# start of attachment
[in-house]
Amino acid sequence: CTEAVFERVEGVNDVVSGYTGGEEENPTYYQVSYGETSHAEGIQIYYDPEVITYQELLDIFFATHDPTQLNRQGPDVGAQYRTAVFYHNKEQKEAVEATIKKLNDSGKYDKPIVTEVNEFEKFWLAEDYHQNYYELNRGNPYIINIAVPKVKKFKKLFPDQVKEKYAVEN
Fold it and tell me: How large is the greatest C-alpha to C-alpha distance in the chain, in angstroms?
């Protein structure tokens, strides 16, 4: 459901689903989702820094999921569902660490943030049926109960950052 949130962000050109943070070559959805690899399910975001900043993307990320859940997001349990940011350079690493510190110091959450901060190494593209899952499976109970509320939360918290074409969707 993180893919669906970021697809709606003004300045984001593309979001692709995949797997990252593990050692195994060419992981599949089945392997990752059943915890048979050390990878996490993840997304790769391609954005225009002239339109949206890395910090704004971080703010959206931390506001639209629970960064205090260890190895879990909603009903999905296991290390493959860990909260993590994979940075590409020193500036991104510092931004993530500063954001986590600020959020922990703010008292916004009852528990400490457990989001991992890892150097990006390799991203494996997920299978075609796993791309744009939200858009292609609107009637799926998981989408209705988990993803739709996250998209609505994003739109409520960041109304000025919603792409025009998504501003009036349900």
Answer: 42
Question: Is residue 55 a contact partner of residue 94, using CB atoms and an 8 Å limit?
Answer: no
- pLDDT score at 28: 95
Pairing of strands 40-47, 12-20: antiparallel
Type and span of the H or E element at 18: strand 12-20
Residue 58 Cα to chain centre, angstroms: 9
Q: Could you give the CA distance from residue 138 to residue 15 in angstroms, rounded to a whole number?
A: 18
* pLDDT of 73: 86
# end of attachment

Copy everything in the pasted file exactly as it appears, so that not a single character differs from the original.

[in-house]
Amino acid sequence: CTEAVFERVEGVNDVVSGYTGGEEENPTYYQVSYGETSHAEGIQIYYDPEVITYQELLDIFFATHDPTQLNRQGPDVGAQYRTAVFYHNKEQKEAVEATIKKLNDSGKYDKPIVTEVNEFEKFWLAEDYHQNYYELNRGNPYIINIAVPKVKKFKKLFPDQVKEKYAVEN
Fold it and tell me: How large is the greatest C-alpha to C-alpha distance in the chain, in angstroms?
């Protein structure tokens, strides 16, 4: 459901689903989702820094999921569902660490943030049926109960950052 949130962000050109943070070559959805690899399910975001900043993307990320859940997001349990940011350079690493510190110091959450901060190494593209899952499976109970509320939360918290074409969707 993180893919669906970021697809709606003004300045984001593309979001692709995949797997990252593990050692195994060419992981599949089945392997990752059943915890048979050390990878996490993840997304790769391609954005225009002239339109949206890395910090704004971080703010959206931390506001639209629970960064205090260890190895879990909603009903999905296991290390493959860990909260993590994979940075590409020193500036991104510092931004993530500063954001986590600020959020922990703010008292916004009852528990400490457990989001991992890892150097990006390799991203494996997920299978075609796993791309744009939200858009292609609107009637799926998981989408209705988990993803739709996250998209609505994003739109409520960041109304000025919603792409025009998504501003009036349900």
Answer: 42
Question: Is residue 55 a contact partner of residue 94, using CB atoms and an 8 Å limit?
Answer: no
- pLDDT score at 28: 95
Pairing of strands 40-47, 12-20: antiparallel
Type and span of the H or E element at 18: strand 12-20
Residue 58 Cα to chain centre, angstroms: 9
Q: Could you give the CA distance from residue 138 to residue 15 in angstroms, rounded to a whole number?
A: 18
* pLDDT of 73: 86